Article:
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About campaigns...
Posted by: Jon Henke on Monday, December 11, 2006

Raising Kaine, which operated as a de facto campaign blog for Jim Webb during the recent election, has an understandable, if misguided, take on the recent Virginia campaign. In response to George Allen's acknowledgment that his "campaign didn't focus enough on issues and his record...", an RK blogger writes...
Instead of actually focusing on ANYTHING that remotely mattered to ANYONE, the campaign focused on attacking fictional books Jim Webb wrote, and attacking "trackers" hired by the Webb campaign. They even sponsored a news conference where about five women ATTACKED JIM WEBB and something he wrote 20 years ago.
I think this is a misunderstanding of both the Allen campaign and of the nature of the campaign process.

It's simply incorrect to say that the Allen campaign didn't focus on "on anything that remotely mattered to anyone". In fact, the campaign constantly talked about energy issues, taxes, education and George Allen's record. But most voters didn't hear what the campaign said about those issues, did they? Why not?

Well, there's the rub.

A campaign only gets credit for the messages it can push into the mainstream media. As I pointed out during the campaign, at one point, the Washington Post and WashingtonPost.com had done 156 stories involving 'macaca' in the previous 60 days...versus only 1 story that even mentioned Senator Allen's major energy policy proposal. Senator Allen spent a lot of time touring the Commonwealth to talk about his policies and his record, but you'd be hard-pressed to find much media coverage of those issues...especially from the Washington Post.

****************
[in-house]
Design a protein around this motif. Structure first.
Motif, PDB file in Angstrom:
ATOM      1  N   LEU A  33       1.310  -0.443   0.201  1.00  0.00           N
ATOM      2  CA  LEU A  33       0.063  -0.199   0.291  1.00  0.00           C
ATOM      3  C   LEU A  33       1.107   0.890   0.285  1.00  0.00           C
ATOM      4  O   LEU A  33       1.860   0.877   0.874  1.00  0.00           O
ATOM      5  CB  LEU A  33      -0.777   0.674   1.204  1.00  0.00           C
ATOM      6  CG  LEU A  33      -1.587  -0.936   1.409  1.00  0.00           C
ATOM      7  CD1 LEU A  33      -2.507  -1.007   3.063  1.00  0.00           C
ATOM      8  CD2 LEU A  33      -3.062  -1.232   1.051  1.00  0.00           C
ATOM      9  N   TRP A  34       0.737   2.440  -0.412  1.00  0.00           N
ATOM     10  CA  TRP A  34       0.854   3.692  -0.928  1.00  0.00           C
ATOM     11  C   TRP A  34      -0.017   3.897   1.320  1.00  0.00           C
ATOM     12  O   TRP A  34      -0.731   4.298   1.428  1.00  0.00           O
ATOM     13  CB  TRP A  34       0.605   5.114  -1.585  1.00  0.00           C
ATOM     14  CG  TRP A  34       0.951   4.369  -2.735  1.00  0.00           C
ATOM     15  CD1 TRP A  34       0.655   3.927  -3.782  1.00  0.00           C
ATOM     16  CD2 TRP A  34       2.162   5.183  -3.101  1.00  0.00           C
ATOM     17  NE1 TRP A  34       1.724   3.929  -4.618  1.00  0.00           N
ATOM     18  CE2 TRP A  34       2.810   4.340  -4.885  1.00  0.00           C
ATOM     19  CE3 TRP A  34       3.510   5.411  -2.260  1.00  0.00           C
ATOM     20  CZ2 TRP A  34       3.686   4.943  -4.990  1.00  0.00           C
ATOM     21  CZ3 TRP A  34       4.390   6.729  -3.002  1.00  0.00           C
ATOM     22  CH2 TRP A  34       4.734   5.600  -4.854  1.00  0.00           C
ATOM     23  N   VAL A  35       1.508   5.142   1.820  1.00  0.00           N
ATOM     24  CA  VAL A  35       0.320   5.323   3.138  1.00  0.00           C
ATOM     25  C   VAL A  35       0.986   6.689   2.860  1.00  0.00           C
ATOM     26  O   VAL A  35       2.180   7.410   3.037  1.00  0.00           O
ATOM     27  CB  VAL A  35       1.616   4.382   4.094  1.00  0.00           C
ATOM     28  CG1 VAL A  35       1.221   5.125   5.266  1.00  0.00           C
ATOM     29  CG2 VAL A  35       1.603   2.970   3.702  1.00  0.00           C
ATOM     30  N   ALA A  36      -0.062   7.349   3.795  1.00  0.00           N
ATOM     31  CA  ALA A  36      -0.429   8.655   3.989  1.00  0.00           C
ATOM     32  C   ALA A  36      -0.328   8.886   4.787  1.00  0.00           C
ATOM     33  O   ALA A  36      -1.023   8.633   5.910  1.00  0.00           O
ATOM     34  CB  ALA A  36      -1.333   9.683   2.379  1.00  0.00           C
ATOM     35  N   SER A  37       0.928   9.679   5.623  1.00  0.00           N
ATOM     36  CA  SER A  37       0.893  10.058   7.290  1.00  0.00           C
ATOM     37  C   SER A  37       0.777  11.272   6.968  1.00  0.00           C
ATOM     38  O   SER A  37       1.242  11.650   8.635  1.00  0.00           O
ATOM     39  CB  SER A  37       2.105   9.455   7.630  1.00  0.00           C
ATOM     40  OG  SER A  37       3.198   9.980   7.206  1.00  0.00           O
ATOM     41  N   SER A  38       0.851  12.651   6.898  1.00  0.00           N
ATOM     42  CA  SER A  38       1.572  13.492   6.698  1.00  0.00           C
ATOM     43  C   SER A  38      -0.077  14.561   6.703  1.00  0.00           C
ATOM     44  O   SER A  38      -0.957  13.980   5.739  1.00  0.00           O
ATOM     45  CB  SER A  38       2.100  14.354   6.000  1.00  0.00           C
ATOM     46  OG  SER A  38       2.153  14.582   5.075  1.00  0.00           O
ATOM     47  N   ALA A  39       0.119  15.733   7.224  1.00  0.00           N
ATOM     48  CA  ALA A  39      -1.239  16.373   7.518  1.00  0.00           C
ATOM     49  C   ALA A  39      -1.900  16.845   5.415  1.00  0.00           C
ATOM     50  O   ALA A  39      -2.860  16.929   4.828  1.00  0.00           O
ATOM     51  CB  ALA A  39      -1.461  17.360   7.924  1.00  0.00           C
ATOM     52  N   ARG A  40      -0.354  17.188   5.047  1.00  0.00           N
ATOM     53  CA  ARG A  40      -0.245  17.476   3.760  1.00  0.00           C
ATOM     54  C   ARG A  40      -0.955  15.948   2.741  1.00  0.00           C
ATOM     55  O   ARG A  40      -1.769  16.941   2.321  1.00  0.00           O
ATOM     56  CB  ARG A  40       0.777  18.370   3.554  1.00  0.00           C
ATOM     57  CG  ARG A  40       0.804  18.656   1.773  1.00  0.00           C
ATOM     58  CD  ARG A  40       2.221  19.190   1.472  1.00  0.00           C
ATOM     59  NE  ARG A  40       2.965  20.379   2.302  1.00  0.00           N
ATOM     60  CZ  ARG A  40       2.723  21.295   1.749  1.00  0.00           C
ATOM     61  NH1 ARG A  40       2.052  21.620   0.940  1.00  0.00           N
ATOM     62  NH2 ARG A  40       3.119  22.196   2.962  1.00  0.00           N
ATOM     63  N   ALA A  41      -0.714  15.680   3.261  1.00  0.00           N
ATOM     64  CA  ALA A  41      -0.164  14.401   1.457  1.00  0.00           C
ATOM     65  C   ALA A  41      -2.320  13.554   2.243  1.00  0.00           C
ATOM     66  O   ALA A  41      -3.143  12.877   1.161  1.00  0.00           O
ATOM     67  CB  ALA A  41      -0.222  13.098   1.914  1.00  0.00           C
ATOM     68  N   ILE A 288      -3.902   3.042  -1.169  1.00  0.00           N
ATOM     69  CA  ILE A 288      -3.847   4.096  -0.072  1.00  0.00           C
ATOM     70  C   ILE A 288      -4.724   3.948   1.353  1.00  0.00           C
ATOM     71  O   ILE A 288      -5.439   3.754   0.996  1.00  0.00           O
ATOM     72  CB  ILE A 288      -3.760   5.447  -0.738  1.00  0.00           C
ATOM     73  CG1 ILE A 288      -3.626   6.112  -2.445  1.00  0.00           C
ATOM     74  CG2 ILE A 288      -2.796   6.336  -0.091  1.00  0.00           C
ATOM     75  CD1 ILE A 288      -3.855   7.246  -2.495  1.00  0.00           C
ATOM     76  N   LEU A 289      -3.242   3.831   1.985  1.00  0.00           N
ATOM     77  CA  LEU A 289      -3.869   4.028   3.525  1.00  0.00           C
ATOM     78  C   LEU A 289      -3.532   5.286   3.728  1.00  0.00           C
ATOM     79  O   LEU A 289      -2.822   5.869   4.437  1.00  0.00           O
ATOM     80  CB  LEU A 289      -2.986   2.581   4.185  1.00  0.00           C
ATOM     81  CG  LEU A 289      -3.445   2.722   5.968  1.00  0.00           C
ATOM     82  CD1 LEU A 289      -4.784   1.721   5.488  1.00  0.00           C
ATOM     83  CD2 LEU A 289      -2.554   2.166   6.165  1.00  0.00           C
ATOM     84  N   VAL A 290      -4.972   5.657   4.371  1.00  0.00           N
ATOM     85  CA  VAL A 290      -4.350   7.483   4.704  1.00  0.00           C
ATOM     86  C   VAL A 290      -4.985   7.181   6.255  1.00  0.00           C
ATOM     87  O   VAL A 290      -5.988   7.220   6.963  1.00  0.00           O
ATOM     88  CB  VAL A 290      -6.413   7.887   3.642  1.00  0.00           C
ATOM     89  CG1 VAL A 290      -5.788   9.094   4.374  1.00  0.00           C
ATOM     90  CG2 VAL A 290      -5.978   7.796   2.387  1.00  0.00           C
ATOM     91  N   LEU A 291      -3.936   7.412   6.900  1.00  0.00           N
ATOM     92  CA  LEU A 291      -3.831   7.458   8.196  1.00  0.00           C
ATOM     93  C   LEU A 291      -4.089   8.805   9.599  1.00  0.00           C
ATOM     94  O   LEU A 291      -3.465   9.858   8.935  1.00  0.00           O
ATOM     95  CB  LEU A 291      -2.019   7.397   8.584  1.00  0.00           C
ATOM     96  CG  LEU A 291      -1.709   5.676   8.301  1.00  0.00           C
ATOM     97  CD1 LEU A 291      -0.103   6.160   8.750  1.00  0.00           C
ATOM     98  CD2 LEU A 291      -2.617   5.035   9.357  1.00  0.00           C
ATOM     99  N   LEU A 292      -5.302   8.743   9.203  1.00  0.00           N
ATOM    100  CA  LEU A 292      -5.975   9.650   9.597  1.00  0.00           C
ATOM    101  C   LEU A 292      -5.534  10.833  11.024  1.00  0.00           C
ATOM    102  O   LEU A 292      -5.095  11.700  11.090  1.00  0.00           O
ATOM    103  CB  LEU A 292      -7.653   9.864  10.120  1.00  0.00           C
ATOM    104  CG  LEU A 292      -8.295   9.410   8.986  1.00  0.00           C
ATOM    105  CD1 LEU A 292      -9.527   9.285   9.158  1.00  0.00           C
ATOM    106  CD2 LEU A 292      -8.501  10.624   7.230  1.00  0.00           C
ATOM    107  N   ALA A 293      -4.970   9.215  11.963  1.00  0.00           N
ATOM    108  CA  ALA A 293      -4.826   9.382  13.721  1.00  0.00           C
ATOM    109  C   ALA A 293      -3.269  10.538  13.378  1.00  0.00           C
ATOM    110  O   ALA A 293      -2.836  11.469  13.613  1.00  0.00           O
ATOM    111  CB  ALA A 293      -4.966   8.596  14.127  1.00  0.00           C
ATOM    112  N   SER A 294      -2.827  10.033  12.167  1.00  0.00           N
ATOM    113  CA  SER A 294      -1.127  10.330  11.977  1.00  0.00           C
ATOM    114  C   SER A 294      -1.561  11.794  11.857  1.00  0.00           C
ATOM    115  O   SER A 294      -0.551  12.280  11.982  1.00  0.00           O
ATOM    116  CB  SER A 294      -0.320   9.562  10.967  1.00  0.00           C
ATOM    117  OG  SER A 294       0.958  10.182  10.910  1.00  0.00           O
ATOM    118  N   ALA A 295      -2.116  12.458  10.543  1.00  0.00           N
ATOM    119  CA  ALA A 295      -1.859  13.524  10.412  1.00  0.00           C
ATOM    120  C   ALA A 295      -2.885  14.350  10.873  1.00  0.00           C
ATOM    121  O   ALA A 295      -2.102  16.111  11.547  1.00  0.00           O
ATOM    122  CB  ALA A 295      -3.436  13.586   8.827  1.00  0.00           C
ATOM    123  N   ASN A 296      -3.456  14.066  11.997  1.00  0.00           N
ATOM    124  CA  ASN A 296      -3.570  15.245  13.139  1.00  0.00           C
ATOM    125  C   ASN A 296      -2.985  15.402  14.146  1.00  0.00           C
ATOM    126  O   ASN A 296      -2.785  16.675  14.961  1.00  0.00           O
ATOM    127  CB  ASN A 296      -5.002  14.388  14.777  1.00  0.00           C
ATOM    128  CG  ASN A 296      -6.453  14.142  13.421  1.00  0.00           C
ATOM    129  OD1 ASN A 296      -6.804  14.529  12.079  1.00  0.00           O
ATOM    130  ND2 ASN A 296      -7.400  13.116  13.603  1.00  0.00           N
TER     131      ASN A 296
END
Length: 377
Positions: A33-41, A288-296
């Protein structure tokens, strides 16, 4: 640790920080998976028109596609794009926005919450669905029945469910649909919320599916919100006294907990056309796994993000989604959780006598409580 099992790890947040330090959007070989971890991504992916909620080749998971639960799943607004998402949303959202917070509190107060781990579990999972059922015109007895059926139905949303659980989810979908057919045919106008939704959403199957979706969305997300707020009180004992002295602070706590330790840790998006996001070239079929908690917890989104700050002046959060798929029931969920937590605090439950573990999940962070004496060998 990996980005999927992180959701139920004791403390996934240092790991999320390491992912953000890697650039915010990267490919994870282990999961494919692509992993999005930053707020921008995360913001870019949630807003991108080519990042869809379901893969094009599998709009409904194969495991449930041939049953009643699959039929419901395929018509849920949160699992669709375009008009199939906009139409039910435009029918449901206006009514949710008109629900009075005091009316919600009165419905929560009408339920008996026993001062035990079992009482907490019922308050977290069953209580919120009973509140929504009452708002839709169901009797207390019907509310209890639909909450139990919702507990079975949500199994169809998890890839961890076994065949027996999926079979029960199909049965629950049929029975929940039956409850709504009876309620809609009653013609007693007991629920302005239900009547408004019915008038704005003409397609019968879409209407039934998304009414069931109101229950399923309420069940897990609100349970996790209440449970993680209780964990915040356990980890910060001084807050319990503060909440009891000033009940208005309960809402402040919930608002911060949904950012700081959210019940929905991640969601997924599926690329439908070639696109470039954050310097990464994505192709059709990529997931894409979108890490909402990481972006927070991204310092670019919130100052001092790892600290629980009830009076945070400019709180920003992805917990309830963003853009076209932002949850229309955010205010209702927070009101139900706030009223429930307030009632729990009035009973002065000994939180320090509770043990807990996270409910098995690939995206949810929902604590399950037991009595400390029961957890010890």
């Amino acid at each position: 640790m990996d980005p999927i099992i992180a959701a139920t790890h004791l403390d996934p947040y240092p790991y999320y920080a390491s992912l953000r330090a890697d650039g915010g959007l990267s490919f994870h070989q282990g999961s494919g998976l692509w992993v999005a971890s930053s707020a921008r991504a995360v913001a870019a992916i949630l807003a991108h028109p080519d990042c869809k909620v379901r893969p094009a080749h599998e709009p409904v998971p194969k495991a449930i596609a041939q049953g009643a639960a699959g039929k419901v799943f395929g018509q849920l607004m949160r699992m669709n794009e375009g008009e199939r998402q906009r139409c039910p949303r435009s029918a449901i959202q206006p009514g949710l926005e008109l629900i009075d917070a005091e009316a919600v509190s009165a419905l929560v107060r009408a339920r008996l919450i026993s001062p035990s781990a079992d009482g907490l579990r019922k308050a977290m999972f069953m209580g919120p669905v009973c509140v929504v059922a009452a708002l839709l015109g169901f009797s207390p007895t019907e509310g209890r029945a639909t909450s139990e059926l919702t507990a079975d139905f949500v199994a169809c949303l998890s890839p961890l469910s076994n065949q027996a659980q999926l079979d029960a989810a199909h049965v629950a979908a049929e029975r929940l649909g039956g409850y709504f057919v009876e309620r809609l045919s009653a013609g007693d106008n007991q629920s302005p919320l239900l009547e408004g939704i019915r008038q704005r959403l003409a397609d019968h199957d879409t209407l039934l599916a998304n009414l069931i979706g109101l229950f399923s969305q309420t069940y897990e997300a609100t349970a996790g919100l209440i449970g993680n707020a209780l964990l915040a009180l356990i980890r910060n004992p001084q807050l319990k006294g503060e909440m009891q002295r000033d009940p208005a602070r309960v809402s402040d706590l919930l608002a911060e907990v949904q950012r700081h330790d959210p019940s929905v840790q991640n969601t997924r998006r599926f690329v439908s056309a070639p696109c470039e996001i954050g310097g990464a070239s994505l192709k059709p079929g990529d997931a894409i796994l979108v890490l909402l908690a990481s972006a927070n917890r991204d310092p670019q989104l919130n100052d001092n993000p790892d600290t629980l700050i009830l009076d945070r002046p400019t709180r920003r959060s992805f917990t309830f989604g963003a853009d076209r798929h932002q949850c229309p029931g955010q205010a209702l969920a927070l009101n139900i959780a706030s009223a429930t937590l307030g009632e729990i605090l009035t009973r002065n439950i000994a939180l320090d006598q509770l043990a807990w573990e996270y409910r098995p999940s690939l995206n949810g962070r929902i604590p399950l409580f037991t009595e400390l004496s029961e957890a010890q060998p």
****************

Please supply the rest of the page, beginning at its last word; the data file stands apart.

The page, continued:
Oh, sure, the Washington Post did do one lengthy piece on George Allen — 1,302 words mostly devoted to George Allen's wardrobe. In fact, Washington Post Ombudsman Deborah Howell acknowledged this...
Allen supporters think he can't catch a break; I sympathize. The macaca coverage went on too long, and a profile of Allen was relentlessly negative without balancing coverage of what made him a popular governor and senator.
If you want to complain about insufficient focus on real issues, don't criticize the campaign: criticize the media.

And that brings me to the campaign process. Certainly, campaigns do criticize their opponent — and, to some extent, they should. Contrast is legitimate. But there's another issue at play, and Virginia Blogger Shaun Kenney explained it perfectly...